CFP: The Legacy of Radiohead's 'The Bends' 20 Years On [Deadlines: 29 Jan / 12 Feb]

Listening Ahead: Upcoming Music Releases for February 2015
By Matthew Fiander and Arnold Pan
Get a sneak peek of some of February's most intriguing releases, including albums by Father John Misty, José Gonzaléz, and Dan Deacon. [30.Jan.15]
Perilous Discoveries: The Feminist Murder-Mysteries of Charlotte Armstrong
Armstrong's women opened the same forbidden doors as Agatha Christie and Patricia Wentworth's, but her characters also opened those doors for other, more pressing, reasons. [30.Jan.15]
Legacy v. Statement: Talking with Goon Creator Eric Powell
Today the Iconographies proudly presents the magic of Eric Powell’s the Goon as it draws to a close. Maybe. [30.Jan.15]
Metaphor in a Time of Ebola
The more closely I followed the Ebola coverage, the more the simulacra of contagion in fiction, film, and games seemed inextricably woven into the mainstream media. [29.Jan.15]
Back to What We Really Were All Along: An Interview with the Dodos
By Dan Derks
Individ, the latest by this San Francisco duo, finds them coming back to the same place they started: two "total nerds just being excited" as a duo. [29.Jan.15]
Today's Articles
29.Jan.15
Jessica Pratt: On Your Own Love Again
Grief, upheaval, and a creative exile serve as the backdrop for the latest from rising California singer-songwriter
Bettye LaVette: Worthy
More than 50 years into her career, Bettye LaVette still has a voice for the ages.
Jim White vs. the Packway Handle Band: Take It Like a Man
Following the conceit of the “versus” listed in the artists’ category (“Jim White vs. Packway Handle Band”) title, on Take It Like a Man, White and the band alternately offer songs with just one co-written between them.
Back to What We Really Were All Along: An Interview with the Dodos
Individ, the latest by this San Francisco duo, finds them coming back to the same place they started: two "total nerds just being excited" as a duo.
The Kinks: Muswell Hillbillies (Legacy Edition)
Like that lady who dreams of an Oklahoma where Shirley Jones and Gordon McCrea dwell, we can fantasize of an England where our neighbors lead rich and eccentric lives and invite us over for a friendly spot of tea.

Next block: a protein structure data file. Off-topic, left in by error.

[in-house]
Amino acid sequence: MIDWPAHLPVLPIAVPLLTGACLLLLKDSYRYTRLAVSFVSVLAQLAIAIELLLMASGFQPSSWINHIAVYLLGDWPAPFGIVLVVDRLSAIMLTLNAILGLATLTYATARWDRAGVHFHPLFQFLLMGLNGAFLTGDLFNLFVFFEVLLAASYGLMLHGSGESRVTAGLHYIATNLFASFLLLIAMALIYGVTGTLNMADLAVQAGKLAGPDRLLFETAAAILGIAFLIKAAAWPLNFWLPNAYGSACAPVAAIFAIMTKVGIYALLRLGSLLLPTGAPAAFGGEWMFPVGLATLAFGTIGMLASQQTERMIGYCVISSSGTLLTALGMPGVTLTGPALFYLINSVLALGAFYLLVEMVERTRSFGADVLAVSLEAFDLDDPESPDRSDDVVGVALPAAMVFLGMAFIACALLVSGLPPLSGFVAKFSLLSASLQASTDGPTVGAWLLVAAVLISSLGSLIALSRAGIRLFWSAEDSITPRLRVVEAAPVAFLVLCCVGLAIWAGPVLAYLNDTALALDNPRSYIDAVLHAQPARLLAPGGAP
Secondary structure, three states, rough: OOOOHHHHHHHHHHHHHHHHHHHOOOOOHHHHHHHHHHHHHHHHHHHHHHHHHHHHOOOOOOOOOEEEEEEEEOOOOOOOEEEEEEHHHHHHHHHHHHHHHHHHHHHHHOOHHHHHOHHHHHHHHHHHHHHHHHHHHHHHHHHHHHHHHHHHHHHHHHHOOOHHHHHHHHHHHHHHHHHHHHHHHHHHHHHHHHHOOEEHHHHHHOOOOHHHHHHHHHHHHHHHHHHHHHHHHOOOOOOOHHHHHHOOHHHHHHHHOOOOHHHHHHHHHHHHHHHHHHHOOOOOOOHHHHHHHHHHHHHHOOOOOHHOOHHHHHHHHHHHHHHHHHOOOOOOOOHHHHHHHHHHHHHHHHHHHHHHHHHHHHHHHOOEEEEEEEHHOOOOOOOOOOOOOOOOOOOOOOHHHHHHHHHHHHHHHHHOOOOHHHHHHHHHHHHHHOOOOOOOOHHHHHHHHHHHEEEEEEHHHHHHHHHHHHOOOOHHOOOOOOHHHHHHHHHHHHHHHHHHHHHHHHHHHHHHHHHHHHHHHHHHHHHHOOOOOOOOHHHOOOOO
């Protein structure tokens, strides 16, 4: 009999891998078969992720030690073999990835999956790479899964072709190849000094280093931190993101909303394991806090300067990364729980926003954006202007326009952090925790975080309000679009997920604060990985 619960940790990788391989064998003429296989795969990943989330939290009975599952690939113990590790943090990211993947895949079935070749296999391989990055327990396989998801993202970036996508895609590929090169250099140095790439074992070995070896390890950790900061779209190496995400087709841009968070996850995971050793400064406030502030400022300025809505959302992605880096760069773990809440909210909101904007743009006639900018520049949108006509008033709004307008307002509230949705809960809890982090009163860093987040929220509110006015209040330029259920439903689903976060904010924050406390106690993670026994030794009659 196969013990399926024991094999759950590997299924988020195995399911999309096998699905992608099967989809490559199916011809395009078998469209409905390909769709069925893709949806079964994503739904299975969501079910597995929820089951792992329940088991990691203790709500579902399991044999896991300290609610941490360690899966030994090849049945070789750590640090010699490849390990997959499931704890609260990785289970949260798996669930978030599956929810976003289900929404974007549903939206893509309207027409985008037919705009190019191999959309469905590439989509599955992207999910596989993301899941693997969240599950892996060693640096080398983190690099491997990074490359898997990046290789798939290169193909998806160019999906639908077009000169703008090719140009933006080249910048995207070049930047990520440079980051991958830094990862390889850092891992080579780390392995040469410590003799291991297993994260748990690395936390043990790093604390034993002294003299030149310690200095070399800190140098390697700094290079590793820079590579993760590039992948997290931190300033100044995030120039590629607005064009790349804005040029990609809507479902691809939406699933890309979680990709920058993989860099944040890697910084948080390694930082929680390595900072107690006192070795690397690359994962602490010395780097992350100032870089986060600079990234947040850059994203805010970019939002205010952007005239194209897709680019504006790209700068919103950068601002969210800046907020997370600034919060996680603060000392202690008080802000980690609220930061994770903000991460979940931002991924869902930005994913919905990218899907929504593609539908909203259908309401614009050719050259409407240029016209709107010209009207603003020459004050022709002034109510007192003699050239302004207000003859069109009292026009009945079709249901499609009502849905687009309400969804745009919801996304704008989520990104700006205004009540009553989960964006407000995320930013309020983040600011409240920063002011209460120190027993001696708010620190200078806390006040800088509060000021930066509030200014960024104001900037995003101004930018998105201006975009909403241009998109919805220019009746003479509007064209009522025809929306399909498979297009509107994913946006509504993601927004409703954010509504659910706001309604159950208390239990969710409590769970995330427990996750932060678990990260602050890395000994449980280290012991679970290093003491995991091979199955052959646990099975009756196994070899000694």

Listening Ahead: Upcoming Music Releases for February 2015
Get a sneak peek of some of February's most intriguing releases, including albums by Father John Misty, José Gonzaléz, and Dan Deacon.
Karen O: Crush Songs
Not only are these songs about crushes, they feel just like one: emotionally intense, completely beautiful, and above all, fleeting.
Branford Marsalis: In My Solitude: Live at Grace Cathedral
If you like the sound of a saxophone flying solo, just wait until you hear it in a big-ass church.
Vance Joy: Dream Your Life Away
The pop veins that Vance Joy mines so beautifully are unrequited and disbelieving love, and the songs’ appeal lie primarily in Joy’s voice, a voice that projects tremendous yearning.
Nico & Vinz: Black Star Elephant
Black Star Elephant proves to be a pleasant, uplifting album, though by no means earth shattering.
Death Cab for Cutie's Black Sun Is Promising (and Nothing More)
Following their creative low point in 2011's Codes & Keys and shedding a band member, Death Cab for Cutie's first new song in years is promising, but not a whole lot else.
Guessing the 2015 Grammys
PopMatters predicts a night of newcomers, huge sweeps, and some love for two theme songs from 2013.
Live Footage - Lost (Frank Ocean cover) (video) (Premiere)
The minimalist funk of Frank Ocean's "Lost" gets a unique treatment in the hands of the cello/drums duo Live Footage, all of it captured on a GoPro camera.
FaltyDL: ///I\II\\\\ EP
A hodgepodge EP from the "intelligent" electronica producer Andrew Lustman, aka FaltyDL, includes remixes from µ-Ziq and Brrd.